German public opinion has shifted solidly against Greece remaining in the euro zone and the country's leaders are split on whether to continue funding Greek rescue efforts.
Greece is mired in massive debt and reduced to operating its heavily subsidized economy through emergency loan agreements or rescue efforts from other European countries as global economies look on. The country may be forced to wean off socialism despite strong advances of the Socialist Party during May 6 national elections.
Meanwhile, public and political patience has worn very thin in Germany, Europe's largest economy and the biggest contributor to Greece's economic rescue.
"We're not willing to pour money into a bottomless pit," Germany’s Interior Minister, Hans-Peter Friedrich, told the Leipziger Volkszeitung newspaper on Saturday. Friedrich is the first German minister to openly call for the Greece to leave the euro zone.
"Anyone who wants to see help and solidarity from us has to accept that we expect from that country a certain amount of seriousness and a certain amount of reasonableness."
As for Germany’s private sector, Friday, Juergen Fitschen, the designated co-chief executive of Germany's largest commercial bank, Deutsche Bank, was quoted in Internet versions of German newspapers calling Greece a "failed state."
While Greece’s socialist party leader Evangelos Venizelos, during his campaign, promised no new taxes or across-the-board wage and pension cuts if his party, PASOK, participates in a coalition government, the former prime minister failed to form a coalition and now all bets are off. The Greek government has been virtually paralyzed after a splintering election and a new election shows little promise of change.
To date, Chancellor Angela Merkel and European Union leaders still say they wish to keep Greece in the euro zone. But sources told Reuters the Eurogroup Working Group - experts who work for the bloc's finance ministers - have told member states to prepare contingency plans for a Greece exit.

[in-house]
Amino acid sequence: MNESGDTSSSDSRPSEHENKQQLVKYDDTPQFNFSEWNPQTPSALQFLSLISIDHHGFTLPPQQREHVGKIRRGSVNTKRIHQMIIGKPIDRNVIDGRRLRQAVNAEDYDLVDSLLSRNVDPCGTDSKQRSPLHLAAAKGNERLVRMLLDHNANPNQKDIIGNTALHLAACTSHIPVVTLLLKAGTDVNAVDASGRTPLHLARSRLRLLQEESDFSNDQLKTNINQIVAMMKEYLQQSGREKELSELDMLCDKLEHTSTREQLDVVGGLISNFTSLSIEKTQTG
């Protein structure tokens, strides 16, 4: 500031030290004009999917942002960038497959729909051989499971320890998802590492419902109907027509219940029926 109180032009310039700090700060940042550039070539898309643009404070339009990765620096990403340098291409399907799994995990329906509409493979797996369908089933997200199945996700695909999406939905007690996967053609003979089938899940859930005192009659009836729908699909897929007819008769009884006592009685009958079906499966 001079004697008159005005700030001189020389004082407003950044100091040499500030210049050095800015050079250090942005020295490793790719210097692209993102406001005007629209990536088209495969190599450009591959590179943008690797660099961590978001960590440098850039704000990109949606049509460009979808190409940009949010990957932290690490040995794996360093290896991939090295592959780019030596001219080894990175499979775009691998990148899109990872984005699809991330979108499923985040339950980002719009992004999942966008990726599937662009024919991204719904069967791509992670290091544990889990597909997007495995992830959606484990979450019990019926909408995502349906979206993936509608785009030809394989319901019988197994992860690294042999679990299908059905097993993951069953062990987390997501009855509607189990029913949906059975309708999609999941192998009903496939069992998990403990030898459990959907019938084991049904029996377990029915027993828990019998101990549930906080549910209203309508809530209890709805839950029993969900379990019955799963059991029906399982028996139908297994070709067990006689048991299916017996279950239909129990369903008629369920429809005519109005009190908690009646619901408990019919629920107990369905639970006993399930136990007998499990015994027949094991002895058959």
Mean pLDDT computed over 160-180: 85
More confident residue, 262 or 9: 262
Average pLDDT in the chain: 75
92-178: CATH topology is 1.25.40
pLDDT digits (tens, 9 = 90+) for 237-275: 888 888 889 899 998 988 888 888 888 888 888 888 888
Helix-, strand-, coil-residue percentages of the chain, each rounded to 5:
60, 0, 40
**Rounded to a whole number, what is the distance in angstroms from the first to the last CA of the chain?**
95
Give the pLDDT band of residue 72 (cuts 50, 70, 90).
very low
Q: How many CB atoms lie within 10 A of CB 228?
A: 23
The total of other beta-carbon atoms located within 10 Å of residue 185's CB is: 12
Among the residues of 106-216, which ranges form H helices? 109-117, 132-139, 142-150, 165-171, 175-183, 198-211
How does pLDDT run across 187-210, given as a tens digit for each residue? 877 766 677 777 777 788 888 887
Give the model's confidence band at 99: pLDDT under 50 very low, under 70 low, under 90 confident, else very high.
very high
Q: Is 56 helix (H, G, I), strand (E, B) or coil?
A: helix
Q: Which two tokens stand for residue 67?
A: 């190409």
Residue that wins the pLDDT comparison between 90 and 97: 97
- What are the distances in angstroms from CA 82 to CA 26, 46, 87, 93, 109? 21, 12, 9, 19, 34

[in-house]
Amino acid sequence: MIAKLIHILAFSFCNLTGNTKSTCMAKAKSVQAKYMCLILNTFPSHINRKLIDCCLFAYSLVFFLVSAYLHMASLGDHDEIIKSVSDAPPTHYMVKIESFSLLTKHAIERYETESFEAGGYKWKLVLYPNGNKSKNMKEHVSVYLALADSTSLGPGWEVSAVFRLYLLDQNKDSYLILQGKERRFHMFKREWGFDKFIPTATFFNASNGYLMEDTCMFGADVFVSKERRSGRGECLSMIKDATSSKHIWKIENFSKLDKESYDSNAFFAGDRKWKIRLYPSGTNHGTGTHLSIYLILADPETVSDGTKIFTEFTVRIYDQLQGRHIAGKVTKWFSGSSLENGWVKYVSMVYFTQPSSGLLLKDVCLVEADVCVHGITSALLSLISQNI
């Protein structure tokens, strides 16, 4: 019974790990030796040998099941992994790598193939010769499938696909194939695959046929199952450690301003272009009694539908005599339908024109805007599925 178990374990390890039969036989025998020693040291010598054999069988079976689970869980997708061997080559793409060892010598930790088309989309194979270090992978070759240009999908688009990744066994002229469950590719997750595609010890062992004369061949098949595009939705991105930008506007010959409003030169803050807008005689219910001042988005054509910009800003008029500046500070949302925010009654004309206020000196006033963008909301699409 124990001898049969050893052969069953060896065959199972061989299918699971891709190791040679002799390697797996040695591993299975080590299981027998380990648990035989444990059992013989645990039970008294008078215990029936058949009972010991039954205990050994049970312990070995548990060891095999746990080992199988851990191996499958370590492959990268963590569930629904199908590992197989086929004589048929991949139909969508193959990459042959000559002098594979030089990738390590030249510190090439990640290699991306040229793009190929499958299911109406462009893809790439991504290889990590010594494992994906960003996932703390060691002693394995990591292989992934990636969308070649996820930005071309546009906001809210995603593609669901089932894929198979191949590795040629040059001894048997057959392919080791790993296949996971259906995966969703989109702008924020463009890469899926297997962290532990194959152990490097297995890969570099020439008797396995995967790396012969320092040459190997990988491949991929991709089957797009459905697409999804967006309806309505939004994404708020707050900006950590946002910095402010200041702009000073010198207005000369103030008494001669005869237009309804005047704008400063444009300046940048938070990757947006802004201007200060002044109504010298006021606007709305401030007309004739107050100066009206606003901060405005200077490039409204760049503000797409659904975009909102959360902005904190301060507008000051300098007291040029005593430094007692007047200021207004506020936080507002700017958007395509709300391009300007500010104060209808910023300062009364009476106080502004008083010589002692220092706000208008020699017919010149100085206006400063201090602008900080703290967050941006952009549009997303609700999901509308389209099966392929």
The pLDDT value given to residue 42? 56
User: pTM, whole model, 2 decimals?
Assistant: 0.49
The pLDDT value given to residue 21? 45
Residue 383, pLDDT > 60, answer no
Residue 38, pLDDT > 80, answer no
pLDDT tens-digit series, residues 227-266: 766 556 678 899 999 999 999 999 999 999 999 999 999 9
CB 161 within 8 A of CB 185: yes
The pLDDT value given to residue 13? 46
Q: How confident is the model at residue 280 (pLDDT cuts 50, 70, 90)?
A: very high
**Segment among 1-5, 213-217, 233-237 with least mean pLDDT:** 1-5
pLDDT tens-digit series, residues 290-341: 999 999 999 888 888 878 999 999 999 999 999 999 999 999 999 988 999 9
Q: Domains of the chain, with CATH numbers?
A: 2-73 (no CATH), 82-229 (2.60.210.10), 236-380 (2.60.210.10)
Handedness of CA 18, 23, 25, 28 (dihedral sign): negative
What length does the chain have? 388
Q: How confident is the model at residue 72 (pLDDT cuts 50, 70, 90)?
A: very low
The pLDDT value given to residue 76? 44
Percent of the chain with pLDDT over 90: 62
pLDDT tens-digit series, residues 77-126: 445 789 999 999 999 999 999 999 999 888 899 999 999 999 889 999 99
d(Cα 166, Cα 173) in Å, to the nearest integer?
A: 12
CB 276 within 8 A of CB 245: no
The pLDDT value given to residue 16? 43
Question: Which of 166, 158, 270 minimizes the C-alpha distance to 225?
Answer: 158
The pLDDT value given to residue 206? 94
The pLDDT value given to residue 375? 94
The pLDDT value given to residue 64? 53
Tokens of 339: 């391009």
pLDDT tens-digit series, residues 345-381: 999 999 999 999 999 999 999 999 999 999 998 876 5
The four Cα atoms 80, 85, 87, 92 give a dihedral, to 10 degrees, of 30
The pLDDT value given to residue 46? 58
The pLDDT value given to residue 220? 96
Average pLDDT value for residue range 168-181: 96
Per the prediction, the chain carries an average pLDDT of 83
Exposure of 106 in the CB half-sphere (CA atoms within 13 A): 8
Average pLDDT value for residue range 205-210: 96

Polls show German public opinion about Greece has turned against bailouts and Germans are against Greece remaining in the euro zone. A Politbarometer poll by ZDF TV published on Friday showed only 31 percent want Greece to stay with 60 percent opposed. In a similar ZDF poll in November, 41 percent wanted Greece to stay and 49 percent wanted to see it leave.
Friedrich, a leader in the arch-conservative Christian Social Union (CSU), Bavarian sister party to Merkel's Christian Democrats (CDU), said Greece made a mistake assuming joining the euro would give the country prosperity.
"(They) evidently believed wealth would be automatic if they got their hands on the euro," Friedrich said.
"A country needs a currency that matches its economic strength," he added.
On the other hand, Germany's Nobel literature laureate Guenter Grass has condemed Europe for its treatment of Greece in a poem published on Saturday in the Sueddeutsche Zeitung newspaper called "Europe's Disgrace".
Greece was being disparaged as a country "below junk value", he wrote, and added it was "close to chaos because you're not fit for the markets".
He said Greece was being "abandoned as a naked debtor in the dock, a country suffers ... and is condemned to poverty."